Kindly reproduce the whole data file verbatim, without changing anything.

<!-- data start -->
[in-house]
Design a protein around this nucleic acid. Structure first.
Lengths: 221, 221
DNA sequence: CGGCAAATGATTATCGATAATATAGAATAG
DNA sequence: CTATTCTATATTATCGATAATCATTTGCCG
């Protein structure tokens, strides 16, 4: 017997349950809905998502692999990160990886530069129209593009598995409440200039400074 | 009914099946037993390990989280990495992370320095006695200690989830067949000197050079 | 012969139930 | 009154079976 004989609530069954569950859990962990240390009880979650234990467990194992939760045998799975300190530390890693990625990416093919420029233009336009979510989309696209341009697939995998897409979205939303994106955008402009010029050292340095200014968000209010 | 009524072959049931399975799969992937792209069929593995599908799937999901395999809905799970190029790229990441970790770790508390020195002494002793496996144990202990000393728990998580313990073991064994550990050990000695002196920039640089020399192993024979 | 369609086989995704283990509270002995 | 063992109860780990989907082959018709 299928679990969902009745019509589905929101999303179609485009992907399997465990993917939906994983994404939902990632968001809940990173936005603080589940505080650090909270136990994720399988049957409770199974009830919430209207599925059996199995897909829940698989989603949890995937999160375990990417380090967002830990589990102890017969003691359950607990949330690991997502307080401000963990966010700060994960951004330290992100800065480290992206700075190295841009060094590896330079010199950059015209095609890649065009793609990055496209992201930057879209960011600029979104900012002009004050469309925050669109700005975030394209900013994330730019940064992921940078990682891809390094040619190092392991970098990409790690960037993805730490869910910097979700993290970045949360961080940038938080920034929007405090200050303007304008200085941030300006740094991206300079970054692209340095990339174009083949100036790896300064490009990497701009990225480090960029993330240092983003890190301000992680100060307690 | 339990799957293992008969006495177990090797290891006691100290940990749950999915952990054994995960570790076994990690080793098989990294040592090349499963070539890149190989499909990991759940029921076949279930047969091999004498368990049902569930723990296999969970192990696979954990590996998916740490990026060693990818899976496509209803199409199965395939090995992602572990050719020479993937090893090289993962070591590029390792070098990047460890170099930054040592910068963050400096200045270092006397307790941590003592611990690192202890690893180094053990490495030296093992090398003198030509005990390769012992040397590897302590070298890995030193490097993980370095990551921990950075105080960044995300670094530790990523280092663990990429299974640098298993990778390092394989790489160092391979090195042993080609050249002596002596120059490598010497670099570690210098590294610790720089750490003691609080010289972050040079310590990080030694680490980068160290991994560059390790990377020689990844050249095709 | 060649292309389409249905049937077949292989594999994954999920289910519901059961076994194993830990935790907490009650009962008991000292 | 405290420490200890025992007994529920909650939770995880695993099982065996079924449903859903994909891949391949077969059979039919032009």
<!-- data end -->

[in-house]
Design a protein around this nucleic acid. Structure first.
Lengths: 221, 221
DNA sequence: CGGCAAATGATTATCGATAATATAGAATAG
DNA sequence: CTATTCTATATTATCGATAATCATTTGCCG
């Protein structure tokens, strides 16, 4: 017997349950809905998502692999990160990886530069129209593009598995409440200039400074 | 009914099946037993390990989280990495992370320095006695200690989830067949000197050079 | 012969139930 | 009154079976 004989609530069954569950859990962990240390009880979650234990467990194992939760045998799975300190530390890693990625990416093919420029233009336009979510989309696209341009697939995998897409979205939303994106955008402009010029050292340095200014968000209010 | 009524072959049931399975799969992937792209069929593995599908799937999901395999809905799970190029790229990441970790770790508390020195002494002793496996144990202990000393728990998580313990073991064994550990050990000695002196920039640089020399192993024979 | 369609086989995704283990509270002995 | 063992109860780990989907082959018709 299928679990969902009745019509589905929101999303179609485009992907399997465990993917939906994983994404939902990632968001809940990173936005603080589940505080650090909270136990994720399988049957409770199974009830919430209207599925059996199995897909829940698989989603949890995937999160375990990417380090967002830990589990102890017969003691359950607990949330690991997502307080401000963990966010700060994960951004330290992100800065480290992206700075190295841009060094590896330079010199950059015209095609890649065009793609990055496209992201930057879209960011600029979104900012002009004050469309925050669109700005975030394209900013994330730019940064992921940078990682891809390094040619190092392991970098990409790690960037993805730490869910910097979700993290970045949360961080940038938080920034929007405090200050303007304008200085941030300006740094991206300079970054692209340095990339174009083949100036790896300064490009990497701009990225480090960029993330240092983003890190301000992680100060307690 | 339990799957293992008969006495177990090797290891006691100290940990749950999915952990054994995960570790076994990690080793098989990294040592090349499963070539890149190989499909990991759940029921076949279930047969091999004498368990049902569930723990296999969970192990696979954990590996998916740490990026060693990818899976496509209803199409199965395939090995992602572990050719020479993937090893090289993962070591590029390792070098990047460890170099930054040592910068963050400096200045270092006397307790941590003592611990690192202890690893180094053990490495030296093992090398003198030509005990390769012992040397590897302590070298890995030193490097993980370095990551921990950075105080960044995300670094530790990523280092663990990429299974640098298993990778390092394989790489160092391979090195042993080609050249002596002596120059490598010497670099570690210098590294610790720089750490003691609080010289972050040079310590990080030694680490980068160290991994560059390790990377020689990844050249095709 | 060649292309389409249905049937077949292989594999994954999920289910519901059961076994194993830990935790907490009650009962008991000292 | 405290420490200890025992007994529920909650939770995880695993099982065996079924449903859903994909891949391949077969059979039919032009």